In late September, the campaign dispatched actor Jurnee Smollett, to college campuses in the Triad and Triangle to encourage voter registration. During stops at Winston-Salem State University, NC A&T University in Greensboro and NC Central University in Durham — all three historically black universities — she addressed an audience that combines the two key demographics. The 22-year-old Smollett — who plays a member of the Wiley College debate team in the 2007 movie The Great Debaters, dramatizing a small Southern black college’s triumph over a prestigious white university in the 1930s — displayed some of her rhetorical gifts at Winston-Salem State University on Sept. 27.

“There are eight-million unregistered African-Americans,” she told students in the cafeteria. “That’s a shame. I’m here to tell you they’re not expecting us to show up. In the last election, every state that Bush won, if the unregistered African-American voters had shown up, Bush would not have won.”

Then the actor tossed out another statistic — one echoed by former North Carolina Gov. Jim Hunt in an e-mail distributed by the Obama campaign: “Thirty percent of manufacturing jobs in this state have been lost since Bush took office.”

Coordinator of Community Service Arthur Hardin said Smollett’s visit yielded 20-25 new registrations. Staff in the Office of Career Services have been encouraging students to register; they frequently visit the Forsyth County Board of Elections’ website to determine the students’ status. Hardin said about 225 have been registered since the beginning of the semester.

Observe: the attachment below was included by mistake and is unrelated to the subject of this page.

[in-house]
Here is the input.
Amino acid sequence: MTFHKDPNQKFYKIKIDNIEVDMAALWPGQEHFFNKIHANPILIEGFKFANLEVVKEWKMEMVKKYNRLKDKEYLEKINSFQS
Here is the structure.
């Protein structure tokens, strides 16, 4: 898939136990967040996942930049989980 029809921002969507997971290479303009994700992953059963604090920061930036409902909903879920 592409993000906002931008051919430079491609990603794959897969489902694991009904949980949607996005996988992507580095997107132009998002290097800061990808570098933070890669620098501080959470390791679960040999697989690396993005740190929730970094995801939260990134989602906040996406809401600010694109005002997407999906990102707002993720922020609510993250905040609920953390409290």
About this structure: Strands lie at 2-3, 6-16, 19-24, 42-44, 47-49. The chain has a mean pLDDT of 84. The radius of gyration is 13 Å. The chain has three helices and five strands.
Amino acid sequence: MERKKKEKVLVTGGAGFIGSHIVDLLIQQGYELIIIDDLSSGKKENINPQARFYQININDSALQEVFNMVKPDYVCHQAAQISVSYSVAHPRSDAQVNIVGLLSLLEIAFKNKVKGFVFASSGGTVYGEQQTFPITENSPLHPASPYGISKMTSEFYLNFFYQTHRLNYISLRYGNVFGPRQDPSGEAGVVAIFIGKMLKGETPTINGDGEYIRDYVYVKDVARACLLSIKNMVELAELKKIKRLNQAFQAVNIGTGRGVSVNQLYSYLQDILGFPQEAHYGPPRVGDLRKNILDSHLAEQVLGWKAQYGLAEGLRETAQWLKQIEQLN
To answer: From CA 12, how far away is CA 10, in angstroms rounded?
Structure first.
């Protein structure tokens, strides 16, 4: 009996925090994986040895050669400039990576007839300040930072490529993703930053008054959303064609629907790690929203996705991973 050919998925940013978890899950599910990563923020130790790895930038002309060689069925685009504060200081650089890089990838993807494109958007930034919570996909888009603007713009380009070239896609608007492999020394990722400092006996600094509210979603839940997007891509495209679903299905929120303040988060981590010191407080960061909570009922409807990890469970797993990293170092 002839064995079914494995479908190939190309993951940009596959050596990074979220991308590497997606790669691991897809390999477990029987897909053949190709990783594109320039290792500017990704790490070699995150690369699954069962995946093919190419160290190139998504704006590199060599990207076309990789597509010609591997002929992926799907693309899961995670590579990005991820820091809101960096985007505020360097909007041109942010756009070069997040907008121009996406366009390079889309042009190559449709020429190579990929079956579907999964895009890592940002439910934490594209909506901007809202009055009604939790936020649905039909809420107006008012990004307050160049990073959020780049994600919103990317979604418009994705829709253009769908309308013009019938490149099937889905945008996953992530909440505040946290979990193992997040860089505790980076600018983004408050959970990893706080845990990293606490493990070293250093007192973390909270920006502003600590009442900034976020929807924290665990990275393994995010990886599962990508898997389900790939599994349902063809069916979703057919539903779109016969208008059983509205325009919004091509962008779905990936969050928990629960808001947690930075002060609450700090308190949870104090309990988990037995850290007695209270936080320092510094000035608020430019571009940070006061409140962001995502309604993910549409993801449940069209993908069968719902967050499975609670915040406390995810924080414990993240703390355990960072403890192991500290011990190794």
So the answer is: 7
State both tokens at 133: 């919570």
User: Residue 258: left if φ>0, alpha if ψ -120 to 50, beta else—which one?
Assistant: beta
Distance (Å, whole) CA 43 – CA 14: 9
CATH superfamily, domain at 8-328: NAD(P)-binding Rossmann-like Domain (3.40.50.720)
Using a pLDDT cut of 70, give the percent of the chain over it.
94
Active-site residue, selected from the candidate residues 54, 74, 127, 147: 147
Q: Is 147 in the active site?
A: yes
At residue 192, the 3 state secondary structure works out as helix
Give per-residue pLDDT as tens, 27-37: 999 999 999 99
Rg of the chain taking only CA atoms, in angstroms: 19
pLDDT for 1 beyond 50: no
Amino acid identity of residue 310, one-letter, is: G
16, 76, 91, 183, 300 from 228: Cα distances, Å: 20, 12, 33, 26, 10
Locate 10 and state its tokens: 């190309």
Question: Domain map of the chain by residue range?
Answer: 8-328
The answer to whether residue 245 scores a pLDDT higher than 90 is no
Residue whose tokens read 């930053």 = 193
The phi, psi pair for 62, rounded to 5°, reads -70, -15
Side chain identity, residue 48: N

Senior Valencia Thomas, president of the Campus Activities Board, has worked both sides of the fence, helping out with the career services office’s nonpartisan registration drive and, since January, volunteering with the Obama campaign. She has canvassed for Obama in Virginia and Ohio, along with Winston-Salem. On Sept. 21, she was at Joel Coliseum registering new voters at a Ludacris concert.

Volunteer student organizers with the Obama campaign have also been registering new voters at A&T. Senior Gary Brown, a journalism student from Washington, DC, pledged to reactivate campus politics following abysmal turnout among students during the 2006 mid-term elections, in which only 67 students made it to the polls. He said roughly 2,000 students have registered this year.

Junior Syene Jasmine, another volunteer organizer, said he “fell in love with politics” when he traveled to South Carolina in January to campaign for Obama during the primaries.

“I never experienced so much diversity in my life,” he said. “White, Mexicans, black people working together for a common cause.”

To comment on this story, e-mail Jordan Green at jordan@yesweekly.com.